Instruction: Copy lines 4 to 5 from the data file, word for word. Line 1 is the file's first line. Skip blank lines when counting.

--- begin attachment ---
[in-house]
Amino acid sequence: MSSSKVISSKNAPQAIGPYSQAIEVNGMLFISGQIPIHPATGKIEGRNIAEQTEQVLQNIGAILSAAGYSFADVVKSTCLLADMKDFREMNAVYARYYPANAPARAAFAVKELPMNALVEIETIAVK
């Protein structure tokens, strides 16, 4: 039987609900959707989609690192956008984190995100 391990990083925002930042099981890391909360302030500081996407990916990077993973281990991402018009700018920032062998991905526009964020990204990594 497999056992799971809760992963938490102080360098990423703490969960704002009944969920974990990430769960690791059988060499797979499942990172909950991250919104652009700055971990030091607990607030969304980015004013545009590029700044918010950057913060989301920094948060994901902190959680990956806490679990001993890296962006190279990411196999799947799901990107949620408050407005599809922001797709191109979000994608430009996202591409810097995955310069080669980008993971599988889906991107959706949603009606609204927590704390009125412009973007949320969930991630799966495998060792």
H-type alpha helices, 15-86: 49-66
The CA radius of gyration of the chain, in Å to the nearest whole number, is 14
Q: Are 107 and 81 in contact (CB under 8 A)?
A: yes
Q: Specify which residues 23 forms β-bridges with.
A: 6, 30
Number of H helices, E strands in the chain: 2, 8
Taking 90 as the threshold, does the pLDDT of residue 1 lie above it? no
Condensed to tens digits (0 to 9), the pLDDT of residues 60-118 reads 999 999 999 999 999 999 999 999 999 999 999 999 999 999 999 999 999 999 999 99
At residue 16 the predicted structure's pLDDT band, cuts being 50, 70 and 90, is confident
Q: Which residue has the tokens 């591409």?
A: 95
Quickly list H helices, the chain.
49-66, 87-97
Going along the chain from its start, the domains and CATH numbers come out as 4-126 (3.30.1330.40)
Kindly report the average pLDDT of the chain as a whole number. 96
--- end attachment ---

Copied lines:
H-type alpha helices, 15-86: 49-66
The CA radius of gyration of the chain, in Å to the nearest whole number, is 14